… The censorship… we have stopped making films for children because we are making, as a business proposition, films for everyone. We provide adult entertainment in children’s film and children’s logic in adult films.

In today’s Internet-savvy world, pornography is part of everyday life. If Internet search engines have become more and more powerful, it is not due to science… it is due to flesh. Everybody does it secretly once or twice. And the number is exponential when you look at the world population. Of course, there were other factors that made it flourish. But what triggered it was the simple need to watch flesh. It is the oldest profession and nobody will be able to eradicate it. It is now digitised. Not yet legalised.

What I am saying is, you tell them that you will not sell alcohol to people below a particular age… like that there should be adult entertainment. We must treat adults like adults. I am not talking only about sex. I am talking about politics. There should be political freedom. The kind of freedom that was available in Periyar’s time is not there for Kamal Hassan. Even if you are bold, you don’t have freedom. Even Veeramani [leader of the Dravidar Kazhagam, founded by Periyar] does not have it.

We have made the borders tighter and tighter and tighter. Because we think everybody has a voice and everyone can raise it for any reason. We are almost gagged. The undercurrent of my film Thenali is about the sufferings of ethnic Tamils in Sri Lanka. I took it in a subtle manner. Madras Cafe showcased one side of the story. Even if I wish to take a film on the other side of the ethnic issue, I will not be permitted to do so. For that matter, no film on the Sri Lankan issue could be contemplated. Here there is no freedom of expression. I, as a film artist, have no freedom, which writers such as Jayakanthan and Periyar enjoyed many years ago.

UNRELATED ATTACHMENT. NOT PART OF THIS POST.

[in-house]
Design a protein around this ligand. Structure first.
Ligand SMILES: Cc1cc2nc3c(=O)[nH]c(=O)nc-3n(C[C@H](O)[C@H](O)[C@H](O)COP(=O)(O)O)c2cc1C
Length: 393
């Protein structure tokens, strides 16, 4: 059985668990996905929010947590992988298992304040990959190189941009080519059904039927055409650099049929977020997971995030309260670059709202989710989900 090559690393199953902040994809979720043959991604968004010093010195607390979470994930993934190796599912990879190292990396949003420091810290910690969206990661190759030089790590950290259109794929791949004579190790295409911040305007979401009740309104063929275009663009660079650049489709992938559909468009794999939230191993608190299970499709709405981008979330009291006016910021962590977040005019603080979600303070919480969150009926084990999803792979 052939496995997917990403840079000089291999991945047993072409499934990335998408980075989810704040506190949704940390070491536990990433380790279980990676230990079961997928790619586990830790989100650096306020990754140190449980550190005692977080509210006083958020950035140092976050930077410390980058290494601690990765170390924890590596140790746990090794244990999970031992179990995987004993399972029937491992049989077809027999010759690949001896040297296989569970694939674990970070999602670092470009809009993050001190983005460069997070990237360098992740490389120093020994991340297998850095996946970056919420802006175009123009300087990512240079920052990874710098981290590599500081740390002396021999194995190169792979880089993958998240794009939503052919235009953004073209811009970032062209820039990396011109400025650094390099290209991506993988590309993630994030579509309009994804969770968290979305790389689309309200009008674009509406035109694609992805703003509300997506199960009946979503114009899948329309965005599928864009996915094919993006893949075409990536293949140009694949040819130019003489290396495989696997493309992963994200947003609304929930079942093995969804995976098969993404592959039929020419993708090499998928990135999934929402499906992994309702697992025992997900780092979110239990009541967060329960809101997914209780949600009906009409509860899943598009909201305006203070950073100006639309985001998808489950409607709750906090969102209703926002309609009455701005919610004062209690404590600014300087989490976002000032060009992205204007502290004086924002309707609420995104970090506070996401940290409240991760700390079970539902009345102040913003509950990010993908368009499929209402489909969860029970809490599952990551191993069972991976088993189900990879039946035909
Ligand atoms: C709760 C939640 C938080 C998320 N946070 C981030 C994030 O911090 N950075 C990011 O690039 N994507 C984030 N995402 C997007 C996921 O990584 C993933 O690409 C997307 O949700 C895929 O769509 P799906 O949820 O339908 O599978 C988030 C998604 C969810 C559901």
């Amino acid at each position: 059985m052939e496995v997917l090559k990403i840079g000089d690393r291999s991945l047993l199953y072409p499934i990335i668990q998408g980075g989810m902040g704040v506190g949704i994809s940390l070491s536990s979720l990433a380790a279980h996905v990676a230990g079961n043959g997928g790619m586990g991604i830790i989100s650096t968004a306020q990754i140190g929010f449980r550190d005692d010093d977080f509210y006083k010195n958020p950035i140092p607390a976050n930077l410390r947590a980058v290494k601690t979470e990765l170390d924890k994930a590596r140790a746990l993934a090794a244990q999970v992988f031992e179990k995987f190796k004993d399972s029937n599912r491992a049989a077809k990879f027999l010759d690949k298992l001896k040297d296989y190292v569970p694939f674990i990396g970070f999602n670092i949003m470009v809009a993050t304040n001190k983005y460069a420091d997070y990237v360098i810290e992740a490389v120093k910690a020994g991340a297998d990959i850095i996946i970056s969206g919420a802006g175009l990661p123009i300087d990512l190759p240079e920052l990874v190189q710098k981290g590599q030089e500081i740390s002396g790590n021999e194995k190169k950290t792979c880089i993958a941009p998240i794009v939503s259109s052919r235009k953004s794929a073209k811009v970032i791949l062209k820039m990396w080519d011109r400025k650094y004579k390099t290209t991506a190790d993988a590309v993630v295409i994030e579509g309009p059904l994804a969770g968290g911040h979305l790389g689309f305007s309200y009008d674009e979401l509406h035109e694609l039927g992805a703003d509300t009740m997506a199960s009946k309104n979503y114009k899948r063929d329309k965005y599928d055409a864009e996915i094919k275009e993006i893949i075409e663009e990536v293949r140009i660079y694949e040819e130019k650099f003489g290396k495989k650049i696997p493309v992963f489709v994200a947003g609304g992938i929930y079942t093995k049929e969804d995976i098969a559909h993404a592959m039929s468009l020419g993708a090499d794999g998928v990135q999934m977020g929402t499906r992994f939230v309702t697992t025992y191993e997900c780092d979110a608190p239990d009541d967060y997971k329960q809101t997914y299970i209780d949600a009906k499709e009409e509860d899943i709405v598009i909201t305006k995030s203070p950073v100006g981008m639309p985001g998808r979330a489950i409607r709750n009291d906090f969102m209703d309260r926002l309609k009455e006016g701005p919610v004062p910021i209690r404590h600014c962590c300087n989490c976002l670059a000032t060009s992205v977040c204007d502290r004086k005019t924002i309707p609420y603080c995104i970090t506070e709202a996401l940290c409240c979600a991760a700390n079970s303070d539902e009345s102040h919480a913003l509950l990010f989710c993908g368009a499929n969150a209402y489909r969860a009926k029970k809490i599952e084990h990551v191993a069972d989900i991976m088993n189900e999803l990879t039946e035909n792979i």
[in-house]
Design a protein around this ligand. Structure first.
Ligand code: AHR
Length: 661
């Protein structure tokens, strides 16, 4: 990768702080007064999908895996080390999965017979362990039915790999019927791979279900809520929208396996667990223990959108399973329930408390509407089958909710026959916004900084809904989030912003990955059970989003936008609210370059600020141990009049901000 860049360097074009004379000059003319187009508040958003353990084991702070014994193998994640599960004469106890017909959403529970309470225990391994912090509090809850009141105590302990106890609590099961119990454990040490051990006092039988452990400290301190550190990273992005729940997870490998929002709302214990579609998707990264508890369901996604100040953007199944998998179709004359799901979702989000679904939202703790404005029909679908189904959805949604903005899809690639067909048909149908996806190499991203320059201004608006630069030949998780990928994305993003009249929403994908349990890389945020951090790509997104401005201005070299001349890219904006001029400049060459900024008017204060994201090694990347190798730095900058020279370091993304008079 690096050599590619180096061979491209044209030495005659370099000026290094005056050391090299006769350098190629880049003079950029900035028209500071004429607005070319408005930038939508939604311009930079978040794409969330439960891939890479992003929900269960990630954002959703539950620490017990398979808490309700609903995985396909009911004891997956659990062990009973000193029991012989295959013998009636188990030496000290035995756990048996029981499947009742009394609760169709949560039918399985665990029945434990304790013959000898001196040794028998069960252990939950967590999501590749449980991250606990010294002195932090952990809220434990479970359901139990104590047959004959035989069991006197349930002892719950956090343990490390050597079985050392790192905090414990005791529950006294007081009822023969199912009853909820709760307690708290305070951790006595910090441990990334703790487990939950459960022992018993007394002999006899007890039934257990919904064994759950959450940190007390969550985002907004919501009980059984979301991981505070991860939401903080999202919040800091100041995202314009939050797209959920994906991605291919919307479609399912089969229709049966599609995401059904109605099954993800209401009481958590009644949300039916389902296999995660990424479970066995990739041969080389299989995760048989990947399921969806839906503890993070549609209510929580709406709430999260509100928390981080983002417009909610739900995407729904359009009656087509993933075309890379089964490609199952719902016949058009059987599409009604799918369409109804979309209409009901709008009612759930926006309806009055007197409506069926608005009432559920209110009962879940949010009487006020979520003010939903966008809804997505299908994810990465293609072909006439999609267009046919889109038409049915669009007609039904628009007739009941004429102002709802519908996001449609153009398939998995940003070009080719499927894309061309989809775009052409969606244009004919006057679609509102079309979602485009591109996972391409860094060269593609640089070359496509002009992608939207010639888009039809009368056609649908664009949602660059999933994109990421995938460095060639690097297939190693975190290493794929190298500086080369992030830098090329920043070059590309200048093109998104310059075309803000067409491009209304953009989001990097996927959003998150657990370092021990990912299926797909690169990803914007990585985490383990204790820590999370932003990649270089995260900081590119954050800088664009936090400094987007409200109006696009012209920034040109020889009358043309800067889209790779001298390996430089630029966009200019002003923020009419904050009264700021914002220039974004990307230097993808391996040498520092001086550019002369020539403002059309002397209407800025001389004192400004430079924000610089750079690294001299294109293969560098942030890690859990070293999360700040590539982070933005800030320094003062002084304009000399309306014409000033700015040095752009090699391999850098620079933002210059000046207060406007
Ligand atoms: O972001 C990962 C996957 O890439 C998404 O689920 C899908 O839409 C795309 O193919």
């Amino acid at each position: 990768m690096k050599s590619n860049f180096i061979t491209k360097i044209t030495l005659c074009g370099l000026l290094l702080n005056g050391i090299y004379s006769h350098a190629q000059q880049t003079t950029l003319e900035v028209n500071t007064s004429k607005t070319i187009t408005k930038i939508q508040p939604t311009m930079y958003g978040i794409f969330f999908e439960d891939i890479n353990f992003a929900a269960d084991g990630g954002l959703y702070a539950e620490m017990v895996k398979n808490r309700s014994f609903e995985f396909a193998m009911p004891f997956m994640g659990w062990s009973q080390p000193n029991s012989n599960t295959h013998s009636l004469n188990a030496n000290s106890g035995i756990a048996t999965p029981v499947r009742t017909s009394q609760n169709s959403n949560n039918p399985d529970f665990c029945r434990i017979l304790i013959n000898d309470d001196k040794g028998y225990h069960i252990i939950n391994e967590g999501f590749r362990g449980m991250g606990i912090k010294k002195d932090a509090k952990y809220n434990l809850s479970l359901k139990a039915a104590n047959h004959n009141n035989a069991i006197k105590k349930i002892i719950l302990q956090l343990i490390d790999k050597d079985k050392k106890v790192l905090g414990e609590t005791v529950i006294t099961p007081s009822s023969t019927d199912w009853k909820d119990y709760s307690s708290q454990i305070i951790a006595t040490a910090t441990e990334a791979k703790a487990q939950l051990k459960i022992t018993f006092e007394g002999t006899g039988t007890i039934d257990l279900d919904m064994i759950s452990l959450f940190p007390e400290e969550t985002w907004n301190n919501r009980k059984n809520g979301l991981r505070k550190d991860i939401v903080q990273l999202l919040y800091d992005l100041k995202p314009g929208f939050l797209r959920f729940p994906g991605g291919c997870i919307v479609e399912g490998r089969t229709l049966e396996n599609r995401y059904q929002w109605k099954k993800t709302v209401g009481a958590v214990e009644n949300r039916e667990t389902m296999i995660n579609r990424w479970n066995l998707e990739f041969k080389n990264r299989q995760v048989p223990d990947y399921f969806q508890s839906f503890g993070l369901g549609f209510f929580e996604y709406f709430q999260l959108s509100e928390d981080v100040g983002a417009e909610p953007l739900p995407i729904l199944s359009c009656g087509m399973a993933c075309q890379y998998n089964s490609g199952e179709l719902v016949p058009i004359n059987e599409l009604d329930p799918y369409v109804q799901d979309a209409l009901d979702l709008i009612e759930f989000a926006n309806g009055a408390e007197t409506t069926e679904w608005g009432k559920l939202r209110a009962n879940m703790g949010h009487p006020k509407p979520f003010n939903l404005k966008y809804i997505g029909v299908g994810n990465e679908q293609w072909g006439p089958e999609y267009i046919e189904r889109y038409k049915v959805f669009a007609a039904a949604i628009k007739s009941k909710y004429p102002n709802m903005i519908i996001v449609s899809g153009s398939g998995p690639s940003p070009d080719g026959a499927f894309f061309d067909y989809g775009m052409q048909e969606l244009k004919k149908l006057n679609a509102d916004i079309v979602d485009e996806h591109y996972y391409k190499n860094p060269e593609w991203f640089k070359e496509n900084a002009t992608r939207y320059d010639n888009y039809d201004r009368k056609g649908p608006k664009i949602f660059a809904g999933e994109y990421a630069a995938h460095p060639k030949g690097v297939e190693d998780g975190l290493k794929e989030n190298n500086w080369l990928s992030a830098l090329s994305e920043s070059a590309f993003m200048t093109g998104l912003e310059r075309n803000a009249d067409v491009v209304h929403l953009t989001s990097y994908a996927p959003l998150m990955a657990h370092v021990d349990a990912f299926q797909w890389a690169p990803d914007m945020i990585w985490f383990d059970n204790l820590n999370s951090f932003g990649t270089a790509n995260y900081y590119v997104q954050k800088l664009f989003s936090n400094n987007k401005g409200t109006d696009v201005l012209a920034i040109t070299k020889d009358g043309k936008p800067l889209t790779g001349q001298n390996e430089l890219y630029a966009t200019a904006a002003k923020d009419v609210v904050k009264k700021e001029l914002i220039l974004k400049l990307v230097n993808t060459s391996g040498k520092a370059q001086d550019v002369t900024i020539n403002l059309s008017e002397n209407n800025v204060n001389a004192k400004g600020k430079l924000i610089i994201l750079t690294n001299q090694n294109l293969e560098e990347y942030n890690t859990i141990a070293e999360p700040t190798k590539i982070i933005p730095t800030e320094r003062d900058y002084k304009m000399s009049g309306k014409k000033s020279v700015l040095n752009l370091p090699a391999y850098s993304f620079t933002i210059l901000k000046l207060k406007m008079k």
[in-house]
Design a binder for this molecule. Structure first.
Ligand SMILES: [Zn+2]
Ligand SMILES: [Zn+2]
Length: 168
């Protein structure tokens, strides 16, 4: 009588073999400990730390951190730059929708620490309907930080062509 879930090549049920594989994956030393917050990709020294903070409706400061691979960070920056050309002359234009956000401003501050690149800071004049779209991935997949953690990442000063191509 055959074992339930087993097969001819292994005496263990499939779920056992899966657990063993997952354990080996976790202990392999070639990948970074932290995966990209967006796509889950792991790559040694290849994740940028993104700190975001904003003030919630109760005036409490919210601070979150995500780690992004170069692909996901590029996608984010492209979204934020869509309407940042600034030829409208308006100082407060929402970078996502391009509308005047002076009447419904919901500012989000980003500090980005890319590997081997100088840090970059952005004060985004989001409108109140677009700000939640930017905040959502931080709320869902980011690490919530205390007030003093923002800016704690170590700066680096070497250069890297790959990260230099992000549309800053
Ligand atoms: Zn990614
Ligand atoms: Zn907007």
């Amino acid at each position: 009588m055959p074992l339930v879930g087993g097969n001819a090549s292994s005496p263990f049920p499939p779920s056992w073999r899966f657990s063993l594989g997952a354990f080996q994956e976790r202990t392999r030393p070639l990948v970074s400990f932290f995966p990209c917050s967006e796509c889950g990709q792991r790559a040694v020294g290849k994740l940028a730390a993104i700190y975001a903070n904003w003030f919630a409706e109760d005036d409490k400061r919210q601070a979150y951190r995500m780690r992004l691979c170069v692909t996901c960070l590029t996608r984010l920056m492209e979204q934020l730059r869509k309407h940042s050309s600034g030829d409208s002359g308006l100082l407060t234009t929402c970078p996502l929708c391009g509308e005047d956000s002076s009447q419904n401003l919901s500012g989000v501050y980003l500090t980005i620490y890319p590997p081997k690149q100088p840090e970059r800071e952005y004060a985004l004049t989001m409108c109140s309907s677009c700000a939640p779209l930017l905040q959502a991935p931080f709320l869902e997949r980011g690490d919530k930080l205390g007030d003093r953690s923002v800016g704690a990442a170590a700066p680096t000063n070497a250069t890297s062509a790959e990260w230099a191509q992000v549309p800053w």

In social media, too, this intolerance is evident. People are threatened and bullied.

If you disagree with someone, prove him wrong. Don’t take a life to prove somebody wrong. The biggest shame in India is the killing of a man like [the rationalist Narendra] Dabholkar. It is a shame. I am very proud that amid all this confusion and chaos, Tamil Nadu has escaped whatever the north has suffered.

That is because of the tradition created by people like Periyar. The Self-Respect Movement.


I am a product of that. Where was I born? I was born with Suprabatham ringing in my ears. I used to pray two hours a day until I was 10 years old. It is only because of his [Periyar’s] influence on my brother, my uncle, and my father. They would scold him, criticise him, but they would chuckle at his wisdom. So he had fans in the opposition camp. And I came from that opposition camp. I never pretended to be anything else. I’ve lived a life like that. My cinema continues to speak of it [Periyar’s ideology].

When people use this medium for propaganda, I can use it to convey my belief. But I don’t want to convert anyone.




About Dilawar

Graduate Student at National Center for Biological Sciences, Bangalore.